How to Access the Site
Access to the site used to be on a fee paying basis as the rock formations were on leased land. However, the local council has now taken over the park and with the help of local volunteers access tracks within the Labyrinth Rocks park are being upgraded and visiting is now free.
Park your car at S40 51.024 E172 49.442 and make you way to gz by following the paths provided, there is no need to leave these and it is dangerous to do so.
Geology of the Site – How the Labyrinth Was Made
The Labyrinth Rocks are primarily made from limestone. Limestone is a sedimentary rock made by the accumulation and consolidation of the remains of shells, plankton, and other organisms that lived in the sea and on the sea floor.
The limestone you will see at gz originated in the Oligocene era some 30 million years ago. About 25 million years ago a mountain building episode lifted this land out of the sea and exposed it the effects of weather and erosion.
The Labyrinth is an excellent example of “Karst” limestone topography. Karst topography is characterised by subterranean limestone caverns, carved by groundwater. Karst landforms are generally the result of mildly acidic water acting on soluble bedrock such as limestone or dolostone. The carbonic acid that causes these features is formed as rain passes through the atmosphere picking up CO2, which dissolves in the water. Once the rain reaches the ground, it may pass through soil that may provide further CO2 to form a weak carbonic acid solution.
This mildly acidic water begins to dissolve the surface along with any fractures or bedding planes in the limestone bedrock. Over time, these fractures enlarge as the bedrock continues to dissolve. Openings in the rock increase in size, and an underground drainage system begins to develop, allowing more water to pass through the area, and accelerating the formation of underground karst features.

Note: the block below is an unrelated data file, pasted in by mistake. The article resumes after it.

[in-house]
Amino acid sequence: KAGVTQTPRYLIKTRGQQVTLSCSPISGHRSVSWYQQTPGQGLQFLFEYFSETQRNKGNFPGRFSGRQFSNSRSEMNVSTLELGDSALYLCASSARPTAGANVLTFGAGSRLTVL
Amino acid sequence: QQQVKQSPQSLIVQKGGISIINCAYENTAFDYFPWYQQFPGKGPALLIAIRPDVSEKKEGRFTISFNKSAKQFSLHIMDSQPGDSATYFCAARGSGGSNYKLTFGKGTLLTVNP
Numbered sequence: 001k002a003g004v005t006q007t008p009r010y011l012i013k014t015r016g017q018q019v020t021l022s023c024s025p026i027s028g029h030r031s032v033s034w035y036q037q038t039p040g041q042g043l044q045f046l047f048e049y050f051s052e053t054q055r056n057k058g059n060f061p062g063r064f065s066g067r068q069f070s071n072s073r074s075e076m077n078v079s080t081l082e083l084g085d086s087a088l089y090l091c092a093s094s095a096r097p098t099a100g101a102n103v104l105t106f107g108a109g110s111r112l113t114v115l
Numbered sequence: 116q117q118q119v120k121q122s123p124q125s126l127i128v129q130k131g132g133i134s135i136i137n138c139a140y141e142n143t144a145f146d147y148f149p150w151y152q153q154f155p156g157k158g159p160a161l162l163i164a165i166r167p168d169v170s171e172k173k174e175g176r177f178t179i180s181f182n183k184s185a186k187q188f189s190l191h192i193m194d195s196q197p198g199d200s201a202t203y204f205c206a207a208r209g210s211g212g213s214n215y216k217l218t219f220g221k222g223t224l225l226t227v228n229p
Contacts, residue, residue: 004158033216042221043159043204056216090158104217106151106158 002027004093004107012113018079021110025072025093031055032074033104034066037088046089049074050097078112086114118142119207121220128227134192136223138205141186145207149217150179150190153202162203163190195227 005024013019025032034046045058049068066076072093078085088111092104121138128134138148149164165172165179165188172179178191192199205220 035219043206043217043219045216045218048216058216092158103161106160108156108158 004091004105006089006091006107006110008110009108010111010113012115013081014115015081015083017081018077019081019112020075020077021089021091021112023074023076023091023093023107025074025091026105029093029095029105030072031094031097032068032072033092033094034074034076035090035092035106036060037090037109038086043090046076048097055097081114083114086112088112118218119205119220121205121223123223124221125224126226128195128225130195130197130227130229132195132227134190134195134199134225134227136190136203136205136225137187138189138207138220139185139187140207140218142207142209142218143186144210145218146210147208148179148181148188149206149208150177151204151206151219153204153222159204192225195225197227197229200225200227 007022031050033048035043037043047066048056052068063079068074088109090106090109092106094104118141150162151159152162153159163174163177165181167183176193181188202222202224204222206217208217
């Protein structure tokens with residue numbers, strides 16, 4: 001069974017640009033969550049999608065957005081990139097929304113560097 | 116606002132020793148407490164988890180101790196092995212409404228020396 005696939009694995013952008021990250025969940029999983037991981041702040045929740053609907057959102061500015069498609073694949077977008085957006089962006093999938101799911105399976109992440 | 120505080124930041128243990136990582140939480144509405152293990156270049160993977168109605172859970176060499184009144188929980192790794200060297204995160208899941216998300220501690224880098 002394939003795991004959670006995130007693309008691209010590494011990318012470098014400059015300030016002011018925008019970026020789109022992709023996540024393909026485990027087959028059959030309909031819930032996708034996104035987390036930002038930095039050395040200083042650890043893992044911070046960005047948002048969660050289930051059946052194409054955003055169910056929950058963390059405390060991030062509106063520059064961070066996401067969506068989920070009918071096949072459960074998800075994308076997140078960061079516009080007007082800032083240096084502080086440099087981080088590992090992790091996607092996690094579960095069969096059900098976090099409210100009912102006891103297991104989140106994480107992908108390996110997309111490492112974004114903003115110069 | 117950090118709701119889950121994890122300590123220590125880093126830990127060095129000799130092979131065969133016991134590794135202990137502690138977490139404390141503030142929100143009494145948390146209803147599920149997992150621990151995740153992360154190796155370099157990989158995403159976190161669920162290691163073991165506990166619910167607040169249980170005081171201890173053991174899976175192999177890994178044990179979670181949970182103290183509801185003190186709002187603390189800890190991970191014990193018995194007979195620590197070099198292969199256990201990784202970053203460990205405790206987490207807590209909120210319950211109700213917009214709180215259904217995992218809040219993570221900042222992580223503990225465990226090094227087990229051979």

The small canyons you are now standing in at gz have been formed in exactly this way. In addition these canyons have been partially filled by silt deposits from a nearby flooding river creating the earth floor that allows us access between the weathered rock.
Recent History of the Site
Dave Whittaker, a geologist, mining engineer and world traveler originally from the UK, arrived in Golden Bay around 15 years ago. Soon after his arrival he discovered a unique two hectare outcrop of karst limestone rock just outside of Takaka. He subsequently leased this land from the council and proceeded to turn it into a magical wonderland for the education and enjoyment of locals and tourists alike. Around 3 km of maze-like pathways were created amidst the natural rock sculptures. Native trees and shrubs were planted to enhance the environment and a magical world of gnomes, fairies, trolls and the like evolved to surprise and delight all those who ventured within. The Labyrinth Rocks Park became an iconic attraction in Golden Bay and Dave became lovingly known as "The Keeper of the Rocks".
In 2005 Dave was diagnosed with terminal cancer and, as he was unable to interest the local council in taking over the maintenance of the limestone park, he decided to close his attraction down. Dave died in 2006 and the park soon became overgrown. Over the last two years, volunteers have worked to clear the drainage ditches and pathways and have also re-installed some of the special creatures that live among the rocks. On the 23rd of December 2009 the park was re-opened again to the public as a council reserve.
In order to log this Earth Cache as found you must do the following:
1. Measure the size (width and height) of the hole in the rock formation at gz. The feature is a natural rock picture frame so should be easy to spot even if gps conditions are a little poor, optionally you could use the frame to take a picture of yourself and post it with your log. If you aren't into taking photos just email us the measurements taken. Note: This is not the rock formation shown below, please do not post and photos in your logs of the rock formation pictured below.
2. Along the path on the way to gz you will pass by the rock formations pictured above. You need to measure the height of these formations and describe in your own words how you think they were formed. Also take a gps reading at this point and send it to us. Please email us this information do not post it with your log.
3. Research the origins of the word “Karst” and email us the answer.
Email your answers to us, we will respond promptly, please do not log your find until we confirm your answers are correct.
For more information on Earth Caches go to http://www.earthcache.org